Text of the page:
Monson’s selectmen are also search process for a permanent administrator, with an appointment on this subject scheduled by the end of spring. This job was posted with an annual salary of $ 115,000.

In addition to his municipal duties at South Hadley, Wolowicz is a member of the board of directors of the Massachusetts Water Resources Authority, which is an appointment by the governor of Massachusetts.

She was appointed to this post in 2013.

Prior to being promoted to Deputy Administrator for the Town of South Hadley, she was the Personnel Administrator / Head of Purchasing.

Wolowicz earned an associate’s degree in business management from Holyoke Community College, a bachelor’s degree in business management from Elms College, and a master’s degree in public administration from Westfield State University.

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Itaú Corpbanca files an important event notice announcing the https://gnet.org/itau-corpbanca-files-an-important-event-notice-announcing-the/ https://gnet.org/itau-corpbanca-files-an-important-event-notice-announcing-the/#respond Wed, 07 Apr 2021 23:14:48 +0000 https://gnet.org/itau-corpbanca-files-an-important-event-notice-announcing-the/ SANTIAGO, Chile, March 18, 2021 (GLOBE NEWSWIRE) – ITAÚ CORPBANCA (NYSE: ITCB; SSE: ITAUCORP) announced today that it has filed an important event notice with the Chilean Financial Market Commission reporting that at today’s Annual Ordinary General Meeting of Shareholders, our shareholders have agreed to appoint Messrs. Rogerio Braga and Matias Granata as members of […]]]>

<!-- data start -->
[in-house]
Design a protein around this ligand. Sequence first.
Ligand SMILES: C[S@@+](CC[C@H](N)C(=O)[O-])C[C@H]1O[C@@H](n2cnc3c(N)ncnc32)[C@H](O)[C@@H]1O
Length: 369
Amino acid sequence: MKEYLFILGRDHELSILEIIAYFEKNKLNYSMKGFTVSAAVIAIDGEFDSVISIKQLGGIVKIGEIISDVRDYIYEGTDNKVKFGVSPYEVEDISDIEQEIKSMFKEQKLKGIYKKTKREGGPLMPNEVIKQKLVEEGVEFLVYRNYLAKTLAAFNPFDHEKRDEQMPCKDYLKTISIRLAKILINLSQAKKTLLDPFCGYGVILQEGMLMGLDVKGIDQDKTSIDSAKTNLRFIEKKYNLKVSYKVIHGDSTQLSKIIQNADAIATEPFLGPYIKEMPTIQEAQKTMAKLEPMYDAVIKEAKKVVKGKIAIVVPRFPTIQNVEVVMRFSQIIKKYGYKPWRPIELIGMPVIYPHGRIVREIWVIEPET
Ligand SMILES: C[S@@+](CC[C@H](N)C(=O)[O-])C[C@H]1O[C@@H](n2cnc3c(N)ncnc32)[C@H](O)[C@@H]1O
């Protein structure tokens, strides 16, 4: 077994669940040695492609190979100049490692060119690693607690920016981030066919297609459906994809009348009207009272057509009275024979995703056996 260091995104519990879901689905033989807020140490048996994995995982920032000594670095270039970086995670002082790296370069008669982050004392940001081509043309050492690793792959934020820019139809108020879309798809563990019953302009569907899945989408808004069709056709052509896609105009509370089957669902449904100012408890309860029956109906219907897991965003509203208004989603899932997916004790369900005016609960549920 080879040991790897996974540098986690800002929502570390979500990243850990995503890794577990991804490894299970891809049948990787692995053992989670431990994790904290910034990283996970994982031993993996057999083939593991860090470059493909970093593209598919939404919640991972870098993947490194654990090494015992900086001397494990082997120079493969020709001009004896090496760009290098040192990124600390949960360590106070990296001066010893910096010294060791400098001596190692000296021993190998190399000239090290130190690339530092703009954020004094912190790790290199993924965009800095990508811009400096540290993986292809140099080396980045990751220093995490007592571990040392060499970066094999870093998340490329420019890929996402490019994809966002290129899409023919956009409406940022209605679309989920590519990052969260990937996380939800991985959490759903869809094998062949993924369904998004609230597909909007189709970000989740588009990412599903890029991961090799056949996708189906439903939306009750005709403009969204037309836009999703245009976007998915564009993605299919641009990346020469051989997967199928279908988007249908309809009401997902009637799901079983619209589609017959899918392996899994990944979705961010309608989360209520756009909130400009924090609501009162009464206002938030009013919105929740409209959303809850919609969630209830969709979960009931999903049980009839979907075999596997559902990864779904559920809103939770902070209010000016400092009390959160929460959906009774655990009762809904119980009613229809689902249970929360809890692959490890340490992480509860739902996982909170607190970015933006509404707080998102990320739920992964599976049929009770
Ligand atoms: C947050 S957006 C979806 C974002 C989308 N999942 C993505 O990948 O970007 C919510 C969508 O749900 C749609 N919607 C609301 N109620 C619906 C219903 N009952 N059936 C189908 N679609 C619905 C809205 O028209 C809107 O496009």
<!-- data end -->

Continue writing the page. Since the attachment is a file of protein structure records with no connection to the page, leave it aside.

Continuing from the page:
SANTIAGO, Chile, March 18, 2021 (GLOBE NEWSWIRE) – ITAÚ CORPBANCA (NYSE: ITCB; SSE: ITAUCORP) announced today that it has filed an important event notice with the Chilean Financial Market Commission reporting that at today’s Annual Ordinary General Meeting of Shareholders, our shareholders have agreed to appoint Messrs. Rogerio Braga and Matias Granata as members of our board of directors. The full material event notice is available on the company’s investor relations website at ir.itau.cl.

About Itaú Corpbanca

ITAÚ CORPBANCA (NYSE: ITCB; SSE: ITAUCORP) is the entity resulting from the merger of Banco Itaú Chile with and in Corpbanca on April 1, 2016. The current ownership structure is: 39.22% owned by Itaú Unibanco, 27.16% owned by the Saieh family and 33.29 % held by minority shareholders. Itaú Unibanco is the sole majority shareholder of the merged bank. In this context and without limiting the foregoing, Itaú Unibanco and CorpGroup have signed a shareholders’ agreement relating to corporate governance, dividend policy (based on performance and capital indicators), transfer of stocks, liquidity and other matters.